Mindfulness is defined as the state of being aware of something or bringing one's attention to experiences occurring in the present moment. The term "moment" is the key word. Mindfulness is all about living in the moment. It is a skill that can be developed and sharpened over time with practice, focus and repetition.
Mindfulness can be achieved in countless ways, with meditation and yoga being two of the most popular. While mediation and yoga may not be for everyone, all people can certainly benefit from mindfulness. So if you’re not into extended stretching or chanting quietly to yourself, how do you achieve mindfulness in our fast-paced, high-stress world? And, the more important question may be: what is the ultimate goal of achieving it?
Being mindful can help you achieve more with less. In a state of mindfulness, you are able to process things more efficiently. Mindfulness will make you feel better, both mentally and physically.
Self-Regulation and Mindfulness
While emotional intelligence consists of five components (self-awareness, self-regulation, motivation, social-awareness and social regulation), it is the self-regulation component that is most pertinent to achieving mindfulness.
Self-regulation is the technical name for having self-control. It is the ability to control or redirect disruptive impulses and moods and the propensity to suspend judgment and think before acting.
Knowing what you are feeling helps you to regulate the responses to those feelings. Ask yourself: what could or should I do about what I am experiencing? Why should or shouldn’t I do this? How can I express what I am feeling appropriately?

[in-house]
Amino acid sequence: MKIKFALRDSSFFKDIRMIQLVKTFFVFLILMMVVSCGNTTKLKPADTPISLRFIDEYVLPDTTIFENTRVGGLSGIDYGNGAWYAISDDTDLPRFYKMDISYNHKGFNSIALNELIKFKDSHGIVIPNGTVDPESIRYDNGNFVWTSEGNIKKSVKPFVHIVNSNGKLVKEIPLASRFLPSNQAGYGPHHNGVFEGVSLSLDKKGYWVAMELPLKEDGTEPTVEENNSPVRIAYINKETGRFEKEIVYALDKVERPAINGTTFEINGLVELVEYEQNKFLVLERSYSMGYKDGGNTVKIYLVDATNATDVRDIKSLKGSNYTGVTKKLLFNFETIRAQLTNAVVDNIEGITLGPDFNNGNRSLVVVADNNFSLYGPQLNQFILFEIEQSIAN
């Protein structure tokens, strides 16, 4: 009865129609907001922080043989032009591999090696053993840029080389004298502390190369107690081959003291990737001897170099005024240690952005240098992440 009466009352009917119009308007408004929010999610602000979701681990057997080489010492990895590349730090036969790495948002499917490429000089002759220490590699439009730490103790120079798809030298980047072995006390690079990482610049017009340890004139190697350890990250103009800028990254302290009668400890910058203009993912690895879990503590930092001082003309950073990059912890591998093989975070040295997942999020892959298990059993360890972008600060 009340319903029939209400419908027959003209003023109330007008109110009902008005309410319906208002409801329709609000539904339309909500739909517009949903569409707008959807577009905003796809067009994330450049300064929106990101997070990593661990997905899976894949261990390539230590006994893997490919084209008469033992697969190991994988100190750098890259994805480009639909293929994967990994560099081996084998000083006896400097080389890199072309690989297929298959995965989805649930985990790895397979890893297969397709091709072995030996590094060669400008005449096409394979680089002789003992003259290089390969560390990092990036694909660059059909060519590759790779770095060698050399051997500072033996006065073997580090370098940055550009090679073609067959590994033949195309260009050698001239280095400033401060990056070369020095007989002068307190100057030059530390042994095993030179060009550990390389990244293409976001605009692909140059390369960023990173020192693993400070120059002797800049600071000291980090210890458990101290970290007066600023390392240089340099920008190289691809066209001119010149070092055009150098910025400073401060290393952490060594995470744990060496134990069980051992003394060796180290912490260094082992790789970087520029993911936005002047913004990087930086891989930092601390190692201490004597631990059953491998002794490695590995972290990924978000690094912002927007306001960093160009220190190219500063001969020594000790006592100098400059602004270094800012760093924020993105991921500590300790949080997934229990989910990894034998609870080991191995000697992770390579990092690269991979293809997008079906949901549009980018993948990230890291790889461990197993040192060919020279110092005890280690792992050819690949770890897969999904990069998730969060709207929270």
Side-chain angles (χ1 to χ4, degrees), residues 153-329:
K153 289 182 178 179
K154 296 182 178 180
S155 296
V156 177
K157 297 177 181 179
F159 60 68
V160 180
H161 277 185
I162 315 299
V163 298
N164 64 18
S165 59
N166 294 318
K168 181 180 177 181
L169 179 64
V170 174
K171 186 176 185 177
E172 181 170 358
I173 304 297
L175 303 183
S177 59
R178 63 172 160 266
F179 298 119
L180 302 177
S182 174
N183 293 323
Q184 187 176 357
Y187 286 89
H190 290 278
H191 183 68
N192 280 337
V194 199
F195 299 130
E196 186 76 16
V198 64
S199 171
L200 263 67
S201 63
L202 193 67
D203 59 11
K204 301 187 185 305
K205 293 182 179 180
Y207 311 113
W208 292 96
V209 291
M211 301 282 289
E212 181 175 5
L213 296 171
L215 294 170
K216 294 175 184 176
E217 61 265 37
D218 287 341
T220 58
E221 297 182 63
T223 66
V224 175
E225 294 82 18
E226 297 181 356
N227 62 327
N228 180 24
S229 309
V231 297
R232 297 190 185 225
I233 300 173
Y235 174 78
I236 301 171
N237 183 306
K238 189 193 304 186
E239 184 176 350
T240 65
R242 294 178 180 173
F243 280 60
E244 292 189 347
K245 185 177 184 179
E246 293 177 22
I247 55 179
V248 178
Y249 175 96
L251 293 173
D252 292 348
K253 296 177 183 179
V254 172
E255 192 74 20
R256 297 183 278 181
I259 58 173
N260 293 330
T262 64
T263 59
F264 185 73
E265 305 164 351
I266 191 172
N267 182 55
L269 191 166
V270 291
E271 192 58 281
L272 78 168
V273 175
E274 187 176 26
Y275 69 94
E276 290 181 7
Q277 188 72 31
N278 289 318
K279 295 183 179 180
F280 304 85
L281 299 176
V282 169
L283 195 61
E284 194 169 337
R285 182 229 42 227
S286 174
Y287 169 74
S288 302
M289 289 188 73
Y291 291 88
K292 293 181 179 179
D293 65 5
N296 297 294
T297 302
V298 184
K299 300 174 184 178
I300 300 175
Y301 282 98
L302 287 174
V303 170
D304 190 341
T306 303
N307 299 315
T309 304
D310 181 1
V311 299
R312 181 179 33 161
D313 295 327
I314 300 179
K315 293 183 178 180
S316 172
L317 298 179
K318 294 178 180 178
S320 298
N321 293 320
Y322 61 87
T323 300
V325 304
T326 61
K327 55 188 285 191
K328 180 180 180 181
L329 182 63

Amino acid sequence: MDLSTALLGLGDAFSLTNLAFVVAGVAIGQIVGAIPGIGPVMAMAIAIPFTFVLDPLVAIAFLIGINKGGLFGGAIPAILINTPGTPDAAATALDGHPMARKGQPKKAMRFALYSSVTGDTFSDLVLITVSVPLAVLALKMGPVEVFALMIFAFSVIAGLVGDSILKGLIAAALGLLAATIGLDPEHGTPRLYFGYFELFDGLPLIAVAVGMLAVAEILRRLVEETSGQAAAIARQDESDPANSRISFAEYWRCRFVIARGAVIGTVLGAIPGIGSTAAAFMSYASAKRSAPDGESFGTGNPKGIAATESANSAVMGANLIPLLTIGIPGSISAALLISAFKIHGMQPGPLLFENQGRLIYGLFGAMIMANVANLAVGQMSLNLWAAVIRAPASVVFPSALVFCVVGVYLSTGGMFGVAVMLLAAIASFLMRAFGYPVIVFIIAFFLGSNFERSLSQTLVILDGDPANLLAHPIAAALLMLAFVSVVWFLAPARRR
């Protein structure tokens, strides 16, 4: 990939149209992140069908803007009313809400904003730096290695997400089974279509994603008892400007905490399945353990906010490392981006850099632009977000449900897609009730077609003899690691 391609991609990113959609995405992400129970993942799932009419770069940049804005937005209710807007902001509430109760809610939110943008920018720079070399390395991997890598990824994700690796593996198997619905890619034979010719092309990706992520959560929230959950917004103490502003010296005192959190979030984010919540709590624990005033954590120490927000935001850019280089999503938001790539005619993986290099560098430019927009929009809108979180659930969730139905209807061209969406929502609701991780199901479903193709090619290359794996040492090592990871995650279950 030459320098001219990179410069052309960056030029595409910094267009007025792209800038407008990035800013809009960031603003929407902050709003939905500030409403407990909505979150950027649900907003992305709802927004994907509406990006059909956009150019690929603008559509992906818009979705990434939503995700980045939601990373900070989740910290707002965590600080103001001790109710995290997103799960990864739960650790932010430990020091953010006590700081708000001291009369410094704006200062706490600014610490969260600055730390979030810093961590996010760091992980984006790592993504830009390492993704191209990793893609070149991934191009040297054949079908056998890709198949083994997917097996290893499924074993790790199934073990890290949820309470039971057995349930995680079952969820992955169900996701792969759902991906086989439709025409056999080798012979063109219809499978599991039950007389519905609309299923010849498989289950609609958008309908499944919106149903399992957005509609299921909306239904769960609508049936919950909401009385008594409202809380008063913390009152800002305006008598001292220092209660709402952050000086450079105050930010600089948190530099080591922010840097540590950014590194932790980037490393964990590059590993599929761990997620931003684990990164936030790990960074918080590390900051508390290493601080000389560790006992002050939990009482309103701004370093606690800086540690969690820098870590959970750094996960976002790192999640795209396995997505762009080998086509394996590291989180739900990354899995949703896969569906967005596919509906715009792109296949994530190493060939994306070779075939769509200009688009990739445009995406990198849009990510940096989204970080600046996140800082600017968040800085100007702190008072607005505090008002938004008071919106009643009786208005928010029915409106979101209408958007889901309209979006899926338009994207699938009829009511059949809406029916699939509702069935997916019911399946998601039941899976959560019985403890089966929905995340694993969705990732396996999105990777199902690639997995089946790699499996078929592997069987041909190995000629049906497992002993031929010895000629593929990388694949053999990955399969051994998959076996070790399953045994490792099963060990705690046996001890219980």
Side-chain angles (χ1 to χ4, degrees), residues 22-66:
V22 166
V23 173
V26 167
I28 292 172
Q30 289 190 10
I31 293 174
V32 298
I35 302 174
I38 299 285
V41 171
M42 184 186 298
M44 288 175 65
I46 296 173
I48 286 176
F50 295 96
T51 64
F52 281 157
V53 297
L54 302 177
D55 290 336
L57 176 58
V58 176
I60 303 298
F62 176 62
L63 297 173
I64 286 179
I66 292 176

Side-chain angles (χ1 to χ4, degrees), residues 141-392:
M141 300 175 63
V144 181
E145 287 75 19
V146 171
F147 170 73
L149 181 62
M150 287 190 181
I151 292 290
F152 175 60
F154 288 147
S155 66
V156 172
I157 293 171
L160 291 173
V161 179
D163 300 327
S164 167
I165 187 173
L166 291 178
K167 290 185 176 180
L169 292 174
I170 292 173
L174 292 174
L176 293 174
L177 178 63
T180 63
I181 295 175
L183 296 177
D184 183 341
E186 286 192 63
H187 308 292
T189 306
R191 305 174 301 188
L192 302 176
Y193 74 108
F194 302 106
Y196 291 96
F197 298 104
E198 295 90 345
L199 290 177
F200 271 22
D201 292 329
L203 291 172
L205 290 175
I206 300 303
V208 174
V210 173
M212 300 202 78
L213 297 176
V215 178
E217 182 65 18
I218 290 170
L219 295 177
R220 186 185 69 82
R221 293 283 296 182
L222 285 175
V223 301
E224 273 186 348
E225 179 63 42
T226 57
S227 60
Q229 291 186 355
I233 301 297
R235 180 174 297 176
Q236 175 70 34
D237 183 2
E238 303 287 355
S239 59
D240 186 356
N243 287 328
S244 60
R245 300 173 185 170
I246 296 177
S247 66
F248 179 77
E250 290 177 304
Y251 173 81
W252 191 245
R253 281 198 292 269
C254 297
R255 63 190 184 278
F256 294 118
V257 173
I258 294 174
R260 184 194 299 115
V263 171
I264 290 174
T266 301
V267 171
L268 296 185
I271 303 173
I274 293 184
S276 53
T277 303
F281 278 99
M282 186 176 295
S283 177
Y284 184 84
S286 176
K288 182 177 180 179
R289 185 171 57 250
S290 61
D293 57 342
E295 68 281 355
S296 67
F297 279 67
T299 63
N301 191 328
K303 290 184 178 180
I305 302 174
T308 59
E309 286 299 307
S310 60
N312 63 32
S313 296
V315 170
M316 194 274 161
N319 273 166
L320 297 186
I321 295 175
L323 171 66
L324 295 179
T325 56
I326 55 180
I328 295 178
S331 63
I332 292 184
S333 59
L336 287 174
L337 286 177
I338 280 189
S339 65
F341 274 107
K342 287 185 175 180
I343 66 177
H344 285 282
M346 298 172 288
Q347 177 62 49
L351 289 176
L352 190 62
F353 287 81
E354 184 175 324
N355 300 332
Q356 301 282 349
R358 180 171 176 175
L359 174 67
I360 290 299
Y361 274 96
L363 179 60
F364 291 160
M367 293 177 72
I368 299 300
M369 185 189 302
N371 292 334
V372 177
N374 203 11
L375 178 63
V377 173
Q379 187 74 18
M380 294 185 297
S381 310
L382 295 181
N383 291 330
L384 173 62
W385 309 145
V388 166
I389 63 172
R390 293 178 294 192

Clear or Red Glass
As a way to illustrate how we are feeling, we can measure our feelings in relation to having either a "clear" or "red" glass (or any shade between the two). The goal is to have a clear glass. A person with a clear glass simply performs at higher levels.
A person with a red glass has decreased cognitive performance. They tend to overgeneralize. Often they will respond defensively.
The red-glass effect can make a person perceive small stressors as worse than they actually are. The person can become easily aggravated and may struggle to get along with coworkers in this state. From a purely physical perspective, they have less oxygen available for critical brain functions. People simply can’t perform at their best when their glass is red.
As the red (anger) begins to dissipate, the person becomes more intrinsically motivated. Cognitive function improves, including creative thought. The person is more willing to take on difficult challenges and risks. They quickly become better collaborators and are more engaged.
Five quick ways to increase mindfulness in a busy world
- Go for a walk
Fresh air and physical activity are individually beneficial but together are wonderful for the body and mind. Let the first few steps of your walk help you eliminate any mental baggage you are carrying so you can open your mind to let positive, uplifting thoughts enter. Think about places you love, whether it’s places you’ve been or want to explore. Think about something important you want to accomplish and begin to visualize it as a reality.